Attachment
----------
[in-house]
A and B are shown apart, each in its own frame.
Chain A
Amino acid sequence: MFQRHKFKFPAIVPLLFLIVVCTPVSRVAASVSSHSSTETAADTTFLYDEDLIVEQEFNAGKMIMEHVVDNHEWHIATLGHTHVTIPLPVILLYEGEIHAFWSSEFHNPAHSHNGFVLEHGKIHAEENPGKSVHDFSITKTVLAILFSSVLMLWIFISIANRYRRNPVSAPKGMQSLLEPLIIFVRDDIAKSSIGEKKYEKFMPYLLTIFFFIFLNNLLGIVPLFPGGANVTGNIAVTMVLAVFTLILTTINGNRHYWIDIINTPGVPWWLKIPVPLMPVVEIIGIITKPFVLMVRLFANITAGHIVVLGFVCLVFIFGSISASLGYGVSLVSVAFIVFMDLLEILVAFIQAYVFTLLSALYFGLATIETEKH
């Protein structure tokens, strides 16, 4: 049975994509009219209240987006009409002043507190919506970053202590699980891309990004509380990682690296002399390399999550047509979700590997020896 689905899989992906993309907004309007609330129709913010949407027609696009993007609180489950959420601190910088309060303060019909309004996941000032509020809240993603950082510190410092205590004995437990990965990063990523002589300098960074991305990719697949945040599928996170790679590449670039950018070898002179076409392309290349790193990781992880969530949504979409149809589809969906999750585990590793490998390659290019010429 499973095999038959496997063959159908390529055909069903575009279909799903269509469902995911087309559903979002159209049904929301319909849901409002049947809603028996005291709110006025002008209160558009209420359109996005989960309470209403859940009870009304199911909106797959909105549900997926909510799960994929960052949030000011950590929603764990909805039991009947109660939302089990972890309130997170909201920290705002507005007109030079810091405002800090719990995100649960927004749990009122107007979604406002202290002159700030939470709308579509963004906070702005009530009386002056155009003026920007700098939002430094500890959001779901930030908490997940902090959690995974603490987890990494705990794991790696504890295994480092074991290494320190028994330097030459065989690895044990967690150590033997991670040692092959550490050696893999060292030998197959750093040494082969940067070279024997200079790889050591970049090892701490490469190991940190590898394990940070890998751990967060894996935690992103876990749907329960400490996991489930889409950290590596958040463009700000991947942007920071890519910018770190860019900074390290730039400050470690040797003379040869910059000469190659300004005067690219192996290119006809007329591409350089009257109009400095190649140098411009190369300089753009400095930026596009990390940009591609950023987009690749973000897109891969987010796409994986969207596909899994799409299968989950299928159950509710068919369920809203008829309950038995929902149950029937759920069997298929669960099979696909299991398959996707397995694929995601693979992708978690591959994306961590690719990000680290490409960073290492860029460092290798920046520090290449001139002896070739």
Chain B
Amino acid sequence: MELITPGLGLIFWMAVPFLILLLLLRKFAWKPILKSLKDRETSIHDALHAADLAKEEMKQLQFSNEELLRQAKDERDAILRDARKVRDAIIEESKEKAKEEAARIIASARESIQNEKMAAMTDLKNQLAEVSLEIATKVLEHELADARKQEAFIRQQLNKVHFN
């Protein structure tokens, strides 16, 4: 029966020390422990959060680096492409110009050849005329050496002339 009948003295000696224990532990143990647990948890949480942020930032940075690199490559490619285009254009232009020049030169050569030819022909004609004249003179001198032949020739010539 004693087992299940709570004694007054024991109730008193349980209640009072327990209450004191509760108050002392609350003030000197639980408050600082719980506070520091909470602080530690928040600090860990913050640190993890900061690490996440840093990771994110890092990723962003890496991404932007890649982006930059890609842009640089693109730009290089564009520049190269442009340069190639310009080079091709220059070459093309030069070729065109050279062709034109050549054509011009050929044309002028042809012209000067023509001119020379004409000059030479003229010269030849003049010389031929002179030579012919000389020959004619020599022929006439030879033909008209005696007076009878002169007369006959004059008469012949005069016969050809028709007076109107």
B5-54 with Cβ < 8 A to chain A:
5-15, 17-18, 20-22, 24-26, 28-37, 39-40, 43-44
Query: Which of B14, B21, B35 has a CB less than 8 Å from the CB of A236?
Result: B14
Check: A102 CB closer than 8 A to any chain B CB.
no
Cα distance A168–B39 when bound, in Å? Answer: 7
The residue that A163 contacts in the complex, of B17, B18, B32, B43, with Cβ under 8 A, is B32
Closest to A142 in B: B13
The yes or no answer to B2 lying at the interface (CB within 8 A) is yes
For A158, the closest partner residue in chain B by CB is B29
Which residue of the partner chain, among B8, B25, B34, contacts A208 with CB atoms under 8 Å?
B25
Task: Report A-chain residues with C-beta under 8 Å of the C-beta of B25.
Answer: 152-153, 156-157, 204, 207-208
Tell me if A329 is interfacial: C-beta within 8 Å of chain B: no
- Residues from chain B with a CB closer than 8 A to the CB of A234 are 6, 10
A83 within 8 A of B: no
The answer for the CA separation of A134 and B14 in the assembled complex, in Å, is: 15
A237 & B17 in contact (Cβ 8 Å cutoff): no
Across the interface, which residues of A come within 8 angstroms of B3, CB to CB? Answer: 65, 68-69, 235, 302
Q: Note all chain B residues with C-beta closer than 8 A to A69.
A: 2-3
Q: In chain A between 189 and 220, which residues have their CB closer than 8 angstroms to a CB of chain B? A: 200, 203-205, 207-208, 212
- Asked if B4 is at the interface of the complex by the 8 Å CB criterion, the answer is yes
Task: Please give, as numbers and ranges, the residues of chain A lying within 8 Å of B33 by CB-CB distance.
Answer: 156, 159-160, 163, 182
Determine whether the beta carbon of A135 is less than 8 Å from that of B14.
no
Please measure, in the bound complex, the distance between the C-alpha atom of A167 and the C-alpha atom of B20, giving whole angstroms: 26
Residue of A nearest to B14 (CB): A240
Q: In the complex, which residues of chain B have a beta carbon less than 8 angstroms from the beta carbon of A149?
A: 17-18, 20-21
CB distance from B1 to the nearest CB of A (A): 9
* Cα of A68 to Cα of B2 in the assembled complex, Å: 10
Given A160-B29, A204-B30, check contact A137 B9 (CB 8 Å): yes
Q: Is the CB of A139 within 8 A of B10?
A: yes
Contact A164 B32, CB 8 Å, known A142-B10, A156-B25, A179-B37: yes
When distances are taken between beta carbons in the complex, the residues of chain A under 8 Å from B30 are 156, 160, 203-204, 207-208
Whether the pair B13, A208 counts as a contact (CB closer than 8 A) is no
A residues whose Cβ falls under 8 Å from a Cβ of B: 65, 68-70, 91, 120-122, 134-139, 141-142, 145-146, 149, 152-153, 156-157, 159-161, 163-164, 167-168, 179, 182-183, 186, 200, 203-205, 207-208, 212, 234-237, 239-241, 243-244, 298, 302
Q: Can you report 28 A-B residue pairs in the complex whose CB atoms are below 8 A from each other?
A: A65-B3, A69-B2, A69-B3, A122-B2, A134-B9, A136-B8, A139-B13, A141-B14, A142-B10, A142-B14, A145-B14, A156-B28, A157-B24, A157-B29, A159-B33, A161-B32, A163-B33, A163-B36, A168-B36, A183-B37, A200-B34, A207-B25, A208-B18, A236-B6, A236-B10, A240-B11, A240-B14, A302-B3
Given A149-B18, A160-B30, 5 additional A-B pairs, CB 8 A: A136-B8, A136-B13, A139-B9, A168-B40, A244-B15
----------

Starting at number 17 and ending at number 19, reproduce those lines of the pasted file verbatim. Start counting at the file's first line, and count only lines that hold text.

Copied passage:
Closest to A142 in B: B13
The yes or no answer to B2 lying at the interface (CB within 8 A) is yes
For A158, the closest partner residue in chain B by CB is B29